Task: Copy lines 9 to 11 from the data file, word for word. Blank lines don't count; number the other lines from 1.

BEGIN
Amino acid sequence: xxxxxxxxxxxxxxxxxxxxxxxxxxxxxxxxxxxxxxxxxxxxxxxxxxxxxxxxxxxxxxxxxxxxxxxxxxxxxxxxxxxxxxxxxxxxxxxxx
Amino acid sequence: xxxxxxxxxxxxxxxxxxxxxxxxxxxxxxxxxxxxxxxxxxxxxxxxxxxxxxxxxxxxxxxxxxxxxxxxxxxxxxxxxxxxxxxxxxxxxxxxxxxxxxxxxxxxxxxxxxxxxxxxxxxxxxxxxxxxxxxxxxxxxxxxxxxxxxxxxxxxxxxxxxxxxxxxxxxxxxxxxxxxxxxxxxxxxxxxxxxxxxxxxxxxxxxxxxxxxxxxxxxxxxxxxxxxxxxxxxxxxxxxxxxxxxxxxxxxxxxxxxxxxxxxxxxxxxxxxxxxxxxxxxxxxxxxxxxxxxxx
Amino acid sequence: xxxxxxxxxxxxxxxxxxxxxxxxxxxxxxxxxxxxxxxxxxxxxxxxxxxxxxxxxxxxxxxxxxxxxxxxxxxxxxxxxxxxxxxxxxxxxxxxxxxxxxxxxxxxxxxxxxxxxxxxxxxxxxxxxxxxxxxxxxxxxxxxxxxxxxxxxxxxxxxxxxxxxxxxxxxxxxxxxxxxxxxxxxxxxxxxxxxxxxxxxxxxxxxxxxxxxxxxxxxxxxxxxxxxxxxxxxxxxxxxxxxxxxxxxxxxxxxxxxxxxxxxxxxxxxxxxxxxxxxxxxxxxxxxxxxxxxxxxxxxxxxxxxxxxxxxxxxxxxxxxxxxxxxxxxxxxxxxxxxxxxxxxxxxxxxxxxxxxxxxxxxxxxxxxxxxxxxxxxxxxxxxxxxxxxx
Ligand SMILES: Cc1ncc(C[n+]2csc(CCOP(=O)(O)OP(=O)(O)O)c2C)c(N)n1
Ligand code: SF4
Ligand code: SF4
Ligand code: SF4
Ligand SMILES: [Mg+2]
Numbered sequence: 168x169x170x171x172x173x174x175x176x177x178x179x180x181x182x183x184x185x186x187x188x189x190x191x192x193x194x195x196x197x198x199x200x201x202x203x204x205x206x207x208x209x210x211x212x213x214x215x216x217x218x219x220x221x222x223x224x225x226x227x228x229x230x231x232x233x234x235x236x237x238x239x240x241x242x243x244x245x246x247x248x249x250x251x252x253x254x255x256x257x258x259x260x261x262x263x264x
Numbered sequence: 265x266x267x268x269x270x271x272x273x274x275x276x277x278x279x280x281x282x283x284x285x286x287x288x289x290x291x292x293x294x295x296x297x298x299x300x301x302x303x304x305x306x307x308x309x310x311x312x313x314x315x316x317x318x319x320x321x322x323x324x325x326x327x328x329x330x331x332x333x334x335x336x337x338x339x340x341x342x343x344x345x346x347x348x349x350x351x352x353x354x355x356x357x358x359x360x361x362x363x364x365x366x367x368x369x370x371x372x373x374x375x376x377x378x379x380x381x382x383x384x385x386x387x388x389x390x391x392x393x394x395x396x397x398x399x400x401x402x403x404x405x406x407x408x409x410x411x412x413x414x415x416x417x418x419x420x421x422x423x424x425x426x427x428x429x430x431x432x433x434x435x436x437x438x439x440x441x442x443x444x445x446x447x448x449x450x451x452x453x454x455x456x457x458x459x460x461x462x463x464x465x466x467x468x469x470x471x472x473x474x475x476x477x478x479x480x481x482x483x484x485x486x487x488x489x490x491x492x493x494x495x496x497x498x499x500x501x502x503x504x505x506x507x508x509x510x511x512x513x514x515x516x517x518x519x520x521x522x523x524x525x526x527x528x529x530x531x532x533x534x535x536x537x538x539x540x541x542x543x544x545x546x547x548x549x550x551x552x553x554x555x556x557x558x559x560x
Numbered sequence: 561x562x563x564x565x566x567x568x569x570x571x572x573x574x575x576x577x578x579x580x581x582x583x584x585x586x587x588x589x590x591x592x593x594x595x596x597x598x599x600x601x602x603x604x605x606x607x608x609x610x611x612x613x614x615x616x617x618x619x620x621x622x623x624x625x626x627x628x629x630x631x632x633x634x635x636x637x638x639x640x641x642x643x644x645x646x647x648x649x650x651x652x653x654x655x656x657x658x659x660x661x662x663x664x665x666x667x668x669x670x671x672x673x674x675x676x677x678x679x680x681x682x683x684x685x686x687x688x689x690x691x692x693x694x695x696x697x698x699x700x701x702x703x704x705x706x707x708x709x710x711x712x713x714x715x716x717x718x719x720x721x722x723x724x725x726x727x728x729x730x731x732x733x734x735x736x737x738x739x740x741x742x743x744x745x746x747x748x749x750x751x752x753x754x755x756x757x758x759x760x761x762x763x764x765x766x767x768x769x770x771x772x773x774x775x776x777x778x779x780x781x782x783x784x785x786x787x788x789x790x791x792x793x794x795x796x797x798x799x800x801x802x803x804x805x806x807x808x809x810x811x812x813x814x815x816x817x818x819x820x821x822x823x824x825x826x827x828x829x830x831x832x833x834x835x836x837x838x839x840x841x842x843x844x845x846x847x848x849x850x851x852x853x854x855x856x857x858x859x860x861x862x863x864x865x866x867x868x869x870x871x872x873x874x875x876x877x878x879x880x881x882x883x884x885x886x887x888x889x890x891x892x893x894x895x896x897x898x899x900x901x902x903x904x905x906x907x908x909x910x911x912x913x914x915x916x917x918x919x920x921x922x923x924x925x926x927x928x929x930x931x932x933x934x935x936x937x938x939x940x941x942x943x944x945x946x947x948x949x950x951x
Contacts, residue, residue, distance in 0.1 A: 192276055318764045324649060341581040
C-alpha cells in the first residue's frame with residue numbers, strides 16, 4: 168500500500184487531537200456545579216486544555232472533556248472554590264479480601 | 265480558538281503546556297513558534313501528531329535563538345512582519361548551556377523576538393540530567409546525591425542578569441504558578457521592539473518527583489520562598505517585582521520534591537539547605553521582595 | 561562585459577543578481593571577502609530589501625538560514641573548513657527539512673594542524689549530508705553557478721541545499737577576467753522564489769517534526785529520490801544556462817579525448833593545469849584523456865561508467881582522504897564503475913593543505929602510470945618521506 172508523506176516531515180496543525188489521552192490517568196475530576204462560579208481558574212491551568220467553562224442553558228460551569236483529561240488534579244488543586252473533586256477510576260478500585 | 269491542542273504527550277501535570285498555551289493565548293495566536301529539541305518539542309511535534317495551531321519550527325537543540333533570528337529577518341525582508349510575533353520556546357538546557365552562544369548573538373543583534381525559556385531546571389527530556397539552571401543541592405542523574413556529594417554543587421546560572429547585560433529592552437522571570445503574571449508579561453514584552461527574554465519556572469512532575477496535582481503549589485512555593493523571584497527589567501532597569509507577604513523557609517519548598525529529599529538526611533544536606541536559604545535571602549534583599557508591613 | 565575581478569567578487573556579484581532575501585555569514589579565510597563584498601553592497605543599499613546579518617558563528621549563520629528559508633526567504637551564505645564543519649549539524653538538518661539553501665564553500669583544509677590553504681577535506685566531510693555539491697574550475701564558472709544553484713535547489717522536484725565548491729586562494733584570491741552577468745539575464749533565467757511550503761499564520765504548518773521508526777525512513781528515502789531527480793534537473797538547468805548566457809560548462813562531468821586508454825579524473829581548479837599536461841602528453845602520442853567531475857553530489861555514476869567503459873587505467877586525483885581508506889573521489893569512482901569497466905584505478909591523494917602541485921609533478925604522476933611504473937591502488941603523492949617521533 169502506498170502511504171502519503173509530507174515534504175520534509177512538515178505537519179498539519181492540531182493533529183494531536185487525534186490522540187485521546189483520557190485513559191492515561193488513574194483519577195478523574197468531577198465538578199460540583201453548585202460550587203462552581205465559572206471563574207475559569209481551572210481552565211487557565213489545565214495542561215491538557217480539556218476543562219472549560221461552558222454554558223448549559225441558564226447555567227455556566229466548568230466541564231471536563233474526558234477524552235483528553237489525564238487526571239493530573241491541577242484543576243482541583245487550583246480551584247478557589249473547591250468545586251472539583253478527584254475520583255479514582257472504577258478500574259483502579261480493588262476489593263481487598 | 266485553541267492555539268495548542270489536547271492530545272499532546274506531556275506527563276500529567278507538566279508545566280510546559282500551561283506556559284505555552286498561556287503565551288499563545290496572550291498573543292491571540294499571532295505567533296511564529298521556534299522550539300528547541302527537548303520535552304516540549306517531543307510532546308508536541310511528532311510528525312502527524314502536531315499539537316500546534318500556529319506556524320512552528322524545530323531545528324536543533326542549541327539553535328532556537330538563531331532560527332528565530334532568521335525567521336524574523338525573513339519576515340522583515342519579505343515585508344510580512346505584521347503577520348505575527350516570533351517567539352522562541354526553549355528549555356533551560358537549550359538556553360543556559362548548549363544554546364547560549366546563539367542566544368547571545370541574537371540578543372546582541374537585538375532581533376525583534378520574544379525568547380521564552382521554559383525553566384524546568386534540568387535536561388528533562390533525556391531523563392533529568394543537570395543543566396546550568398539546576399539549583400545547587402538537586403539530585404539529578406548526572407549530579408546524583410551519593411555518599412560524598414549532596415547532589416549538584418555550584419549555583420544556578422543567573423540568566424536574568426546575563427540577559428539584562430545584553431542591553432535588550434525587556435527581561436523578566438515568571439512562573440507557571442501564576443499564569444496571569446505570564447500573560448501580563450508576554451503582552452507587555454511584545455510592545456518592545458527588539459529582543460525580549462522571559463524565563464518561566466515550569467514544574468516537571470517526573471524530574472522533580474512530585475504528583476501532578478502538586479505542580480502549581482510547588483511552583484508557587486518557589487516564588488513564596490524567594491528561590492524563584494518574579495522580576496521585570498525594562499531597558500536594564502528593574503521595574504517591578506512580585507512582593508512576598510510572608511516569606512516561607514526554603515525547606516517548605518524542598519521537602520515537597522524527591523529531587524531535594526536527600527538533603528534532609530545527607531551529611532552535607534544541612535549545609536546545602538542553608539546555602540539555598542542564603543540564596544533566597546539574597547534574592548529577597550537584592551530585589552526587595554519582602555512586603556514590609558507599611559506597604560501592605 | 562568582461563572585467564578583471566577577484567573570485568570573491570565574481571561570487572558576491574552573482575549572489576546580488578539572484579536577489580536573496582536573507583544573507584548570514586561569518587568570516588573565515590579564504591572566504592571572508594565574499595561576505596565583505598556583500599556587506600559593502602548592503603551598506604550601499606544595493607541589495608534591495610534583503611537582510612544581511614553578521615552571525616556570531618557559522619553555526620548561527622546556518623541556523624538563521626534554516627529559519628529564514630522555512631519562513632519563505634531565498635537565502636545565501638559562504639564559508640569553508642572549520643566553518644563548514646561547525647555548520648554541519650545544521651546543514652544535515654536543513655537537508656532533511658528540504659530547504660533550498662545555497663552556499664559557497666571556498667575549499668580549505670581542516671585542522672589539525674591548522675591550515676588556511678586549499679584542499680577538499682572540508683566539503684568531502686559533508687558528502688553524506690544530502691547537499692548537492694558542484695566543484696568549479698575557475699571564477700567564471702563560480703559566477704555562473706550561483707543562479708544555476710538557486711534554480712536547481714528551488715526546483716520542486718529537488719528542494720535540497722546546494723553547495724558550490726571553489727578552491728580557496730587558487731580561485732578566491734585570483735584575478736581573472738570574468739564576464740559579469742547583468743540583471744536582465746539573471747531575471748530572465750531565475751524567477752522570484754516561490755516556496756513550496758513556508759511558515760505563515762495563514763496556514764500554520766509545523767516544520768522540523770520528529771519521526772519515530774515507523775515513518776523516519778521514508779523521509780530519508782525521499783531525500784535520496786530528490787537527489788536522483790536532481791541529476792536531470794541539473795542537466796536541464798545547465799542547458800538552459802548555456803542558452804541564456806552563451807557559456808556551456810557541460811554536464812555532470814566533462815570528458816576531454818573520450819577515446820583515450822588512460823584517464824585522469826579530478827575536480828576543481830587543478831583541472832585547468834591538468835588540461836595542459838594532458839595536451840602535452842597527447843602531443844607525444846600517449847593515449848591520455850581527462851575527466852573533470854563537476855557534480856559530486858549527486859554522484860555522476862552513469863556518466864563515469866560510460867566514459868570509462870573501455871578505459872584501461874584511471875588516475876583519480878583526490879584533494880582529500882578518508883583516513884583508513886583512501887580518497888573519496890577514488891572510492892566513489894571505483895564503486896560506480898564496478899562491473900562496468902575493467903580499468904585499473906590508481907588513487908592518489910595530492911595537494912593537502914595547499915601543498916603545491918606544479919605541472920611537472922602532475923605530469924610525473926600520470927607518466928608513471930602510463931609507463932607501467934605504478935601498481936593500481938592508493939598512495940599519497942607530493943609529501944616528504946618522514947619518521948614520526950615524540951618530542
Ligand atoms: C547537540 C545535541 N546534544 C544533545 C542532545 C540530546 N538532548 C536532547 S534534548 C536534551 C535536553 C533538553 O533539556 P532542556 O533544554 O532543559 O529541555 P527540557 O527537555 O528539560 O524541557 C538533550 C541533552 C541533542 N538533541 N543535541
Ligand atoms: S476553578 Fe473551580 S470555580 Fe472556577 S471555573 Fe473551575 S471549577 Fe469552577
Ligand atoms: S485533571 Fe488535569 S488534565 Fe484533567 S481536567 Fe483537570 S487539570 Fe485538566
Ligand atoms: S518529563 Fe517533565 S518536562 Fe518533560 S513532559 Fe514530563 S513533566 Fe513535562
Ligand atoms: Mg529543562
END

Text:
Numbered sequence: 168x169x170x171x172x173x174x175x176x177x178x179x180x181x182x183x184x185x186x187x188x189x190x191x192x193x194x195x196x197x198x199x200x201x202x203x204x205x206x207x208x209x210x211x212x213x214x215x216x217x218x219x220x221x222x223x224x225x226x227x228x229x230x231x232x233x234x235x236x237x238x239x240x241x242x243x244x245x246x247x248x249x250x251x252x253x254x255x256x257x258x259x260x261x262x263x264x
Numbered sequence: 265x266x267x268x269x270x271x272x273x274x275x276x277x278x279x280x281x282x283x284x285x286x287x288x289x290x291x292x293x294x295x296x297x298x299x300x301x302x303x304x305x306x307x308x309x310x311x312x313x314x315x316x317x318x319x320x321x322x323x324x325x326x327x328x329x330x331x332x333x334x335x336x337x338x339x340x341x342x343x344x345x346x347x348x349x350x351x352x353x354x355x356x357x358x359x360x361x362x363x364x365x366x367x368x369x370x371x372x373x374x375x376x377x378x379x380x381x382x383x384x385x386x387x388x389x390x391x392x393x394x395x396x397x398x399x400x401x402x403x404x405x406x407x408x409x410x411x412x413x414x415x416x417x418x419x420x421x422x423x424x425x426x427x428x429x430x431x432x433x434x435x436x437x438x439x440x441x442x443x444x445x446x447x448x449x450x451x452x453x454x455x456x457x458x459x460x461x462x463x464x465x466x467x468x469x470x471x472x473x474x475x476x477x478x479x480x481x482x483x484x485x486x487x488x489x490x491x492x493x494x495x496x497x498x499x500x501x502x503x504x505x506x507x508x509x510x511x512x513x514x515x516x517x518x519x520x521x522x523x524x525x526x527x528x529x530x531x532x533x534x535x536x537x538x539x540x541x542x543x544x545x546x547x548x549x550x551x552x553x554x555x556x557x558x559x560x
Numbered sequence: 561x562x563x564x565x566x567x568x569x570x571x572x573x574x575x576x577x578x579x580x581x582x583x584x585x586x587x588x589x590x591x592x593x594x595x596x597x598x599x600x601x602x603x604x605x606x607x608x609x610x611x612x613x614x615x616x617x618x619x620x621x622x623x624x625x626x627x628x629x630x631x632x633x634x635x636x637x638x639x640x641x642x643x644x645x646x647x648x649x650x651x652x653x654x655x656x657x658x659x660x661x662x663x664x665x666x667x668x669x670x671x672x673x674x675x676x677x678x679x680x681x682x683x684x685x686x687x688x689x690x691x692x693x694x695x696x697x698x699x700x701x702x703x704x705x706x707x708x709x710x711x712x713x714x715x716x717x718x719x720x721x722x723x724x725x726x727x728x729x730x731x732x733x734x735x736x737x738x739x740x741x742x743x744x745x746x747x748x749x750x751x752x753x754x755x756x757x758x759x760x761x762x763x764x765x766x767x768x769x770x771x772x773x774x775x776x777x778x779x780x781x782x783x784x785x786x787x788x789x790x791x792x793x794x795x796x797x798x799x800x801x802x803x804x805x806x807x808x809x810x811x812x813x814x815x816x817x818x819x820x821x822x823x824x825x826x827x828x829x830x831x832x833x834x835x836x837x838x839x840x841x842x843x844x845x846x847x848x849x850x851x852x853x854x855x856x857x858x859x860x861x862x863x864x865x866x867x868x869x870x871x872x873x874x875x876x877x878x879x880x881x882x883x884x885x886x887x888x889x890x891x892x893x894x895x896x897x898x899x900x901x902x903x904x905x906x907x908x909x910x911x912x913x914x915x916x917x918x919x920x921x922x923x924x925x926x927x928x929x930x931x932x933x934x935x936x937x938x939x940x941x942x943x944x945x946x947x948x949x950x951x